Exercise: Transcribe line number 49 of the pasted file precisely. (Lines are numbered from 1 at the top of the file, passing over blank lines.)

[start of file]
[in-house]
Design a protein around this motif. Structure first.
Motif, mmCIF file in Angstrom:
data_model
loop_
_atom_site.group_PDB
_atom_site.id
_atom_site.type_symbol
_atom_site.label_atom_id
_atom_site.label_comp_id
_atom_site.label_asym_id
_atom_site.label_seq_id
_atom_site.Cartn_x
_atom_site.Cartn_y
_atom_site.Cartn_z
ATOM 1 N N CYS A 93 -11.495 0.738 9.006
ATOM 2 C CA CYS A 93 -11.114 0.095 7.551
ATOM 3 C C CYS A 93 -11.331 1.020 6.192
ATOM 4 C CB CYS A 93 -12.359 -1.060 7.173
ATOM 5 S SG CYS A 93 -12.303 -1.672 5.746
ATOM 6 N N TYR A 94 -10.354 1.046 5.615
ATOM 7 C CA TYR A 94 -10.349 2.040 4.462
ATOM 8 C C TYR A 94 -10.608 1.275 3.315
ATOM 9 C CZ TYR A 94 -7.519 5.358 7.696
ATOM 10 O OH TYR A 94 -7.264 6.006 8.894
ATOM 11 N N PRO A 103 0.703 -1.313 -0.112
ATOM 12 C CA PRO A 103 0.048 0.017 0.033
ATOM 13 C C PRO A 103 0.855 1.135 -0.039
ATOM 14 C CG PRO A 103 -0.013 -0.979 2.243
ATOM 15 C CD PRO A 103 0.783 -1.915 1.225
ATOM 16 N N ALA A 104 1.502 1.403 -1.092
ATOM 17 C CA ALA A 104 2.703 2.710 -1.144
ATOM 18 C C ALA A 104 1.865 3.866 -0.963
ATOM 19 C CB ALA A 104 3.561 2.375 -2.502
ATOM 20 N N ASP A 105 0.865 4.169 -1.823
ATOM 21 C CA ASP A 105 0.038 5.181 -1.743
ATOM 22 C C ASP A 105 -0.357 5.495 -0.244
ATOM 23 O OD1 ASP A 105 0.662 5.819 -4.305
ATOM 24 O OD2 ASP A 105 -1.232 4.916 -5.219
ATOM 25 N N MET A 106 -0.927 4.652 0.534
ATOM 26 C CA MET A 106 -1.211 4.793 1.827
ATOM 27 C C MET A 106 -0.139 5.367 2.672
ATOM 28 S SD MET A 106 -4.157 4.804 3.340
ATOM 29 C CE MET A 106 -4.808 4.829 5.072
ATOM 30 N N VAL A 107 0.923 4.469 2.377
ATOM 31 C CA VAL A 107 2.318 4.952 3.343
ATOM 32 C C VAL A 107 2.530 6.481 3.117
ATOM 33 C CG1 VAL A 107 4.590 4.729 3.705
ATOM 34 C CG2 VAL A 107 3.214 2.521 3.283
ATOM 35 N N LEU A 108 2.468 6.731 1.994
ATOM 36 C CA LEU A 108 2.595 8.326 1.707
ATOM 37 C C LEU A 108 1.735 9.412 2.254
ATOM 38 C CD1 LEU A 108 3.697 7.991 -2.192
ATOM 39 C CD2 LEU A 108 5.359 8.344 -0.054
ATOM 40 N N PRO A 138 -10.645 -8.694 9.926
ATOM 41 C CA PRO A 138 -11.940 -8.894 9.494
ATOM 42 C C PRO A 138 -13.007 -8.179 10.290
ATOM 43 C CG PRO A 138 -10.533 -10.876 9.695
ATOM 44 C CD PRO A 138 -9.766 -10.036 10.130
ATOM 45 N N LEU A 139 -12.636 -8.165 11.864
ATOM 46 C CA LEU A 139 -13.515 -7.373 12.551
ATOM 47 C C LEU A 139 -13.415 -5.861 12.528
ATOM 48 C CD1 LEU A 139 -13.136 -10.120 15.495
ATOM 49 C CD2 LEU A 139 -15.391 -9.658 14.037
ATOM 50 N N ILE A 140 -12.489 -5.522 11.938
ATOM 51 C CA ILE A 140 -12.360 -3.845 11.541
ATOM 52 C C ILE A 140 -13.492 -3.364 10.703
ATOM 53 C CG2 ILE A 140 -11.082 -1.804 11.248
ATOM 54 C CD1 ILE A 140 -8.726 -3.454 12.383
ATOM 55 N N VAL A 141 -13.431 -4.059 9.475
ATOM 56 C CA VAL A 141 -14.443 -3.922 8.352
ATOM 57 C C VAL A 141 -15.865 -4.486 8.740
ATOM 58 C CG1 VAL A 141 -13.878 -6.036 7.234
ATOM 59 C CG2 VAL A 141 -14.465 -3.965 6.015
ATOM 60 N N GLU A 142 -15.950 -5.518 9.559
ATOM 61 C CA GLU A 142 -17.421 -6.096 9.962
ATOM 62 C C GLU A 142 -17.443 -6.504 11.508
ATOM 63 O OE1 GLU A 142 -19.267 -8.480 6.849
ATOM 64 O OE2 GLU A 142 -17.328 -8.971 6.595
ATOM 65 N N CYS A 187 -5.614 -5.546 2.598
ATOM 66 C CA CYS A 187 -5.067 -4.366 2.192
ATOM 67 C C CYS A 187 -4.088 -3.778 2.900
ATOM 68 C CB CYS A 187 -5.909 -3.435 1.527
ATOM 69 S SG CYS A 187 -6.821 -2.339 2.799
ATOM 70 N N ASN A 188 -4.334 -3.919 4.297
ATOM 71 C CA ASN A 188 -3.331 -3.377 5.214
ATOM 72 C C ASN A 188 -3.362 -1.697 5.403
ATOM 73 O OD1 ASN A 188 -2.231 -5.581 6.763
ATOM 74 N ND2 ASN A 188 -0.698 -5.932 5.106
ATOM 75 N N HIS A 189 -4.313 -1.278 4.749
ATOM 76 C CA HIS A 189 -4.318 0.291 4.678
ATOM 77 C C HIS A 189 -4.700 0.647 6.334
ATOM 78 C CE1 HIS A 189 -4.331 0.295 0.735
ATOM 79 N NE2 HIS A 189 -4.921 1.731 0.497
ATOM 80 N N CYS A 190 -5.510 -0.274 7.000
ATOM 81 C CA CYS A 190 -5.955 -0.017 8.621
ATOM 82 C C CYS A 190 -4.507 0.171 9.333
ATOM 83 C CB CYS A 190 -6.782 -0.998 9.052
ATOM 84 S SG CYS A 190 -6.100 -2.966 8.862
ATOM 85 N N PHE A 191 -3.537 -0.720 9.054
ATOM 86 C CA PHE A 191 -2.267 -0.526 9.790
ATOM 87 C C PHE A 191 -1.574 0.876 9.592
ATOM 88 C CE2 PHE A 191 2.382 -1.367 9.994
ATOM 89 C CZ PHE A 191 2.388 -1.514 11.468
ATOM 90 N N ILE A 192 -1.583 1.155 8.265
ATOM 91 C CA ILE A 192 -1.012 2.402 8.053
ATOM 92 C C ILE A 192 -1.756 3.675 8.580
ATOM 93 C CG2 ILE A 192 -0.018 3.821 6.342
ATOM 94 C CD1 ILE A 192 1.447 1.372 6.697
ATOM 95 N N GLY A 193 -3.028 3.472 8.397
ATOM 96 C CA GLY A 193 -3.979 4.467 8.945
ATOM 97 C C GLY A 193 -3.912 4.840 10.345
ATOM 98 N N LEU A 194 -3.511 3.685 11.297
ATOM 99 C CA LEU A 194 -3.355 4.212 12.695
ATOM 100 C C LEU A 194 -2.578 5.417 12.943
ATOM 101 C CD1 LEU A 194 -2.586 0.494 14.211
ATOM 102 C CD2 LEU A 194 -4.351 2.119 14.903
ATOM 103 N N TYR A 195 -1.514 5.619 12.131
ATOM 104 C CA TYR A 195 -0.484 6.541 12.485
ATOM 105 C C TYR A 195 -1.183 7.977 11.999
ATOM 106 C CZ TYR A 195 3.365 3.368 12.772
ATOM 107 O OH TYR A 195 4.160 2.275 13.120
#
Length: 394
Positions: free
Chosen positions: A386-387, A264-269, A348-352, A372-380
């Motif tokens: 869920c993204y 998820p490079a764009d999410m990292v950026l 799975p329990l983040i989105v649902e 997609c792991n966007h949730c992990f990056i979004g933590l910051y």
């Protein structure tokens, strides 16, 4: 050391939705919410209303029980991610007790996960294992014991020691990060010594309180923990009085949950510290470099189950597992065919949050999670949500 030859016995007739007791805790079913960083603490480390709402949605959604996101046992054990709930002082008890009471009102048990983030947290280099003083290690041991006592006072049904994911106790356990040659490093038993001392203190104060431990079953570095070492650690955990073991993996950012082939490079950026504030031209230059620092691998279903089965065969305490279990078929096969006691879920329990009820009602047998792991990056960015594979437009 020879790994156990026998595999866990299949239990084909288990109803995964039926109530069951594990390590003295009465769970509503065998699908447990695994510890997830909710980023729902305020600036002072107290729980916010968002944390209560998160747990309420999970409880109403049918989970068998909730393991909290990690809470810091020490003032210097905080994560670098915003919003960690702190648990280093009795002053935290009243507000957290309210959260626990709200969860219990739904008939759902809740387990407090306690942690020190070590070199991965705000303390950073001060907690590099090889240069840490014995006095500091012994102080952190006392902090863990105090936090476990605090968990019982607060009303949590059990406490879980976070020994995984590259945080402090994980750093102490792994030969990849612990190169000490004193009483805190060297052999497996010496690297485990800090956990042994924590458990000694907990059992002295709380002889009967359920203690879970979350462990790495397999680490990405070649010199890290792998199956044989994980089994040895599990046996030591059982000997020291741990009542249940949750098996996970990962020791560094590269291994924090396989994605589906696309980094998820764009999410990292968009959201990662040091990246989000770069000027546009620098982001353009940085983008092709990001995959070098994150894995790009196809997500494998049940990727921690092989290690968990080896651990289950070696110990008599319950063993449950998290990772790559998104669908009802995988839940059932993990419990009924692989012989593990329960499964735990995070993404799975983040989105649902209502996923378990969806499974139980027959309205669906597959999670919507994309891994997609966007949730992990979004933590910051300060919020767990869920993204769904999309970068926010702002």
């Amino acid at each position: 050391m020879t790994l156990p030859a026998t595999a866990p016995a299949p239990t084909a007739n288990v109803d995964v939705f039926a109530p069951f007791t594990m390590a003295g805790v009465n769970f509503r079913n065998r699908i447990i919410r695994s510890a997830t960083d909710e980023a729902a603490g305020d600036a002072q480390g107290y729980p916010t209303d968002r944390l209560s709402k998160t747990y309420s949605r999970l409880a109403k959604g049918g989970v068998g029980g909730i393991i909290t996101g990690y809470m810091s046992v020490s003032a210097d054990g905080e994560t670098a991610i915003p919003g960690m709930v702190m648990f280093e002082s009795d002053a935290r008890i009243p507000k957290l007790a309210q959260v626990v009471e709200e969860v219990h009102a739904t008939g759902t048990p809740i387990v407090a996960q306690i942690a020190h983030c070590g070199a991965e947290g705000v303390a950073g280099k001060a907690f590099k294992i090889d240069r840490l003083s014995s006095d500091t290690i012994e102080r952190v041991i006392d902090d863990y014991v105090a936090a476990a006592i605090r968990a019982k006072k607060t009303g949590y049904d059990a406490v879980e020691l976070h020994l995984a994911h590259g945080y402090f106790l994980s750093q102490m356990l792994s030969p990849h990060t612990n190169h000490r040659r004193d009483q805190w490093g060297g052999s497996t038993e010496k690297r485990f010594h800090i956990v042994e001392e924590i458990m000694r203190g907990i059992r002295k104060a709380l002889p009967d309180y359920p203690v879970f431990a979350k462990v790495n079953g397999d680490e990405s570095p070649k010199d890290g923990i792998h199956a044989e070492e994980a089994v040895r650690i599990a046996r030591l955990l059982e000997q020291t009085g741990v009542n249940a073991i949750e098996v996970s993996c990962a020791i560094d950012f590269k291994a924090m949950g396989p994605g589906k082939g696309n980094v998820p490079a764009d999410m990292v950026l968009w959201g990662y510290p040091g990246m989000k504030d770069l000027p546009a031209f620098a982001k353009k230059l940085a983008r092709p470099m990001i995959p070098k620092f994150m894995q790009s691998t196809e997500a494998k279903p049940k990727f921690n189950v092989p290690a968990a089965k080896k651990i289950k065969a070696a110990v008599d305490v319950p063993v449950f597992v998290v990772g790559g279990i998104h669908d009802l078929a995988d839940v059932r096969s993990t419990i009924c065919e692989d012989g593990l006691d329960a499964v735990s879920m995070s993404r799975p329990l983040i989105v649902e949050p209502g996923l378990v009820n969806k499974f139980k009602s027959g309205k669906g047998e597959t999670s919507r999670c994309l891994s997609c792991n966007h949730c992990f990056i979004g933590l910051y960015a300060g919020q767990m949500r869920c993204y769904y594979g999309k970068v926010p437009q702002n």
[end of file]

ATOM 34 C CG2 VAL A 107 3.214 2.521 3.283